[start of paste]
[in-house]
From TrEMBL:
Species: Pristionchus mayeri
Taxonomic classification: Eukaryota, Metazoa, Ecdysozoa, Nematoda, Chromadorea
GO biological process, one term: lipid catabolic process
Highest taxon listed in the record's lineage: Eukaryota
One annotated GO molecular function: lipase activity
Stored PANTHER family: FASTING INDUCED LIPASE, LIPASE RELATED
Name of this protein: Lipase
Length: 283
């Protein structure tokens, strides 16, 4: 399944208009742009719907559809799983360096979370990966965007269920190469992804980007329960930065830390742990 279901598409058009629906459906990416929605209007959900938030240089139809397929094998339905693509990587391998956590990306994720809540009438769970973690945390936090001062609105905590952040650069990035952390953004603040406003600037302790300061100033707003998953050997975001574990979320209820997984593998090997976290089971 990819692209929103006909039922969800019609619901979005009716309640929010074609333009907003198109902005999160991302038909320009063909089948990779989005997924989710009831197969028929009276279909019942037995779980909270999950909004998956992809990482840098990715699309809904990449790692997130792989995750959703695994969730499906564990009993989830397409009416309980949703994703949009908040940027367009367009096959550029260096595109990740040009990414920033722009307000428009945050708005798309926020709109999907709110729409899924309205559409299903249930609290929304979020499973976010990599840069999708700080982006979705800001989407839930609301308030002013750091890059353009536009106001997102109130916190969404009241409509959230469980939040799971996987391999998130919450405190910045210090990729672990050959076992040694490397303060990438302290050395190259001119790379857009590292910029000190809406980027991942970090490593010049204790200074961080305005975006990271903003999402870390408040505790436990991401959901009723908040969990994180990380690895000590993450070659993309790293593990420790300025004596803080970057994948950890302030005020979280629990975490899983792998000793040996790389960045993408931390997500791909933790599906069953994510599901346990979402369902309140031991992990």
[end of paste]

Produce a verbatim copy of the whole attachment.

[in-house]
From TrEMBL:
Species: Pristionchus mayeri
Taxonomic classification: Eukaryota, Metazoa, Ecdysozoa, Nematoda, Chromadorea
GO biological process, one term: lipid catabolic process
Highest taxon listed in the record's lineage: Eukaryota
One annotated GO molecular function: lipase activity
Stored PANTHER family: FASTING INDUCED LIPASE, LIPASE RELATED
Name of this protein: Lipase
Length: 283
């Protein structure tokens, strides 16, 4: 399944208009742009719907559809799983360096979370990966965007269920190469992804980007329960930065830390742990 279901598409058009629906459906990416929605209007959900938030240089139809397929094998339905693509990587391998956590990306994720809540009438769970973690945390936090001062609105905590952040650069990035952390953004603040406003600037302790300061100033707003998953050997975001574990979320209820997984593998090997976290089971 990819692209929103006909039922969800019609619901979005009716309640929010074609333009907003198109902005999160991302038909320009063909089948990779989005997924989710009831197969028929009276279909019942037995779980909270999950909004998956992809990482840098990715699309809904990449790692997130792989995750959703695994969730499906564990009993989830397409009416309980949703994703949009908040940027367009367009096959550029260096595109990740040009990414920033722009307000428009945050708005798309926020709109999907709110729409899924309205559409299903249930609290929304979020499973976010990599840069999708700080982006979705800001989407839930609301308030002013750091890059353009536009106001997102109130916190969404009241409509959230469980939040799971996987391999998130919450405190910045210090990729672990050959076992040694490397303060990438302290050395190259001119790379857009590292910029000190809406980027991942970090490593010049204790200074961080305005975006990271903003999402870390408040505790436990991401959901009723908040969990994180990380690895000590993450070659993309790293593990420790300025004596803080970057994948950890302030005020979280629990975490899983792998000793040996790389960045993408931390997500791909933790599906069953994510599901346990979402369902309140031991992990």